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Managing volunteers

Rhidian Hughes and Des Kelly discuss approaches to managing volunteers in care services and a new toolkit to help providers.

At a time when frontline services are under extreme financial pressures, the role and value of volunteering has never been more important. Volunteers are no substitute for the right configuration of staff. Nevertheless, the estimated three million volunteers across the health and social care sectors in England are making a real difference to the lives of people using care services.

In a review of volunteers across the health and social care sectors, the King’s Fund identified a number of benefits:

  • To people using services, support from volunteers is associated with higher levels of wellbeing and lower levels of social exclusion, including loneliness.
  • Volunteers themselves, especially older people, benefit from improved self-esteem, wellbeing and social engagement.
  • Providers benefit from services that are better interconnected, responsive to local need and engaged within their communities.

When demand for care services is increasing, volunteers have an important role to play but this is not, and should never be, a substitute for the right funding and fees for providers.

Key questions from the frontline

Members of the Voluntary Organisations Disability Group and the National Care Forum were consulted as providers to identify some of the key issues and ideas for good practice in managing volunteers.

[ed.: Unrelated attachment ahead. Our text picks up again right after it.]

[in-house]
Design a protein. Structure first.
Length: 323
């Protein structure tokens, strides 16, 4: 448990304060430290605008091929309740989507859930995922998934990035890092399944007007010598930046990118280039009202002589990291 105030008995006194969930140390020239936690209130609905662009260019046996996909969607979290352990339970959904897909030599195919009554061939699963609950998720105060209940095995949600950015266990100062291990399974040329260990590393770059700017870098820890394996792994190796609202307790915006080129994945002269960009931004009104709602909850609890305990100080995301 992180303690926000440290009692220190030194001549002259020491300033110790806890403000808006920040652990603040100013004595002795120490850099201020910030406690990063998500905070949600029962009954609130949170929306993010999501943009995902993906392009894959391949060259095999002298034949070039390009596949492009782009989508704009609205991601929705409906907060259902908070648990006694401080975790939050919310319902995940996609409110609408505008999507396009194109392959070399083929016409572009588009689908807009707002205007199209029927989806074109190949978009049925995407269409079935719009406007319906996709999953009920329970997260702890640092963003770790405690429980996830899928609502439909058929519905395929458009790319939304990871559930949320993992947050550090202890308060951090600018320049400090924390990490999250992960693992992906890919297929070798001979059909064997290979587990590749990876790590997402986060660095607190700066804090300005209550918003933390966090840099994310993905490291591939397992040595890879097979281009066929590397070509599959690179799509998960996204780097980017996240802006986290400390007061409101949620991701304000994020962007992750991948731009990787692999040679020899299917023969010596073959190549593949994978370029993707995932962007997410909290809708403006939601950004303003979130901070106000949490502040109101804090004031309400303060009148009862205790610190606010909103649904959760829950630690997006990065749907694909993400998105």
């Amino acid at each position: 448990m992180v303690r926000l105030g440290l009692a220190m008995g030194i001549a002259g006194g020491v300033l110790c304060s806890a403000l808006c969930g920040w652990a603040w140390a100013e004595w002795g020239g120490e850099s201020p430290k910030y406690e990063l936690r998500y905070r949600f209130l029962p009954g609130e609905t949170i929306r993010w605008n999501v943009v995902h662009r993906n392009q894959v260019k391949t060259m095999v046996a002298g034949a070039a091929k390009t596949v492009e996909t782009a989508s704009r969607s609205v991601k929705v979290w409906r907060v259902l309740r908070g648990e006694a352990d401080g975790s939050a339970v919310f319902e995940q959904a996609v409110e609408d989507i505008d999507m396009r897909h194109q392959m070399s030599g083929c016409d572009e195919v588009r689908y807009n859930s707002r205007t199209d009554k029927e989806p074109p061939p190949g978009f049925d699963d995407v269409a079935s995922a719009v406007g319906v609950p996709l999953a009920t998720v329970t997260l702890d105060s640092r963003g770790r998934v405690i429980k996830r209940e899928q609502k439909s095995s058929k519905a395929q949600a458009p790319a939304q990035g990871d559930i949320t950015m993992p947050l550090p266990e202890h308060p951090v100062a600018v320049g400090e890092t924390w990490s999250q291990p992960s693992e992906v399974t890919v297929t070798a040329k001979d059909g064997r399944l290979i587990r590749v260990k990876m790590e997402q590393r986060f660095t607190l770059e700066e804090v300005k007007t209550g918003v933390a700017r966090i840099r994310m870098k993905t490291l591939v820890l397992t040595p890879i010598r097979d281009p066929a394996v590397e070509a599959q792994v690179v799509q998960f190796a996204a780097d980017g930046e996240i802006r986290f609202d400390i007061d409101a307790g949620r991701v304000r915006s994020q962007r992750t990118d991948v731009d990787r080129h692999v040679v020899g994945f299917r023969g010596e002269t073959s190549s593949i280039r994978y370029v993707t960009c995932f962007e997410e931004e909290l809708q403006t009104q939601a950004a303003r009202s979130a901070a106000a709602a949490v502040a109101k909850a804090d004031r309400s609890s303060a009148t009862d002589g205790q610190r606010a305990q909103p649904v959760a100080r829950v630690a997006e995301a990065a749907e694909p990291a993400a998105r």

Whilst the business case, as illustrated above, is clear, frontline managers raised a number of questions relating to utilising volunteers within their services:

  • Where and how can we find volunteers with the right skills and values?
  • What support do volunteers require?
  • How do we go about demonstrating the impact and value of volunteering within our services?

We explored these questions and developed the VODG and NCF Volunteer Management Toolkit in response. Some of the main areas of best practice are explored within this article.

Recruiting volunteers

The single most important factor in successfully managing volunteers is the development of interesting roles that match the needs of the people using the service and those willing to offer their time.

There are any number of ways to source volunteers, and many providers find that a blend of methods yields the best results. Figure 1 is a collection of top tips collated after conversations with managers. Here are just some of the approaches used:

  • Word of mouth.
  • Community groups.
  • Timebanks.
  • Students.
  • Employer supported volunteering.
  • Pro-bono professional advice.
  • Brokered volunteers.

All these have strengths and weaknesses which are explored in more detail in the toolkit.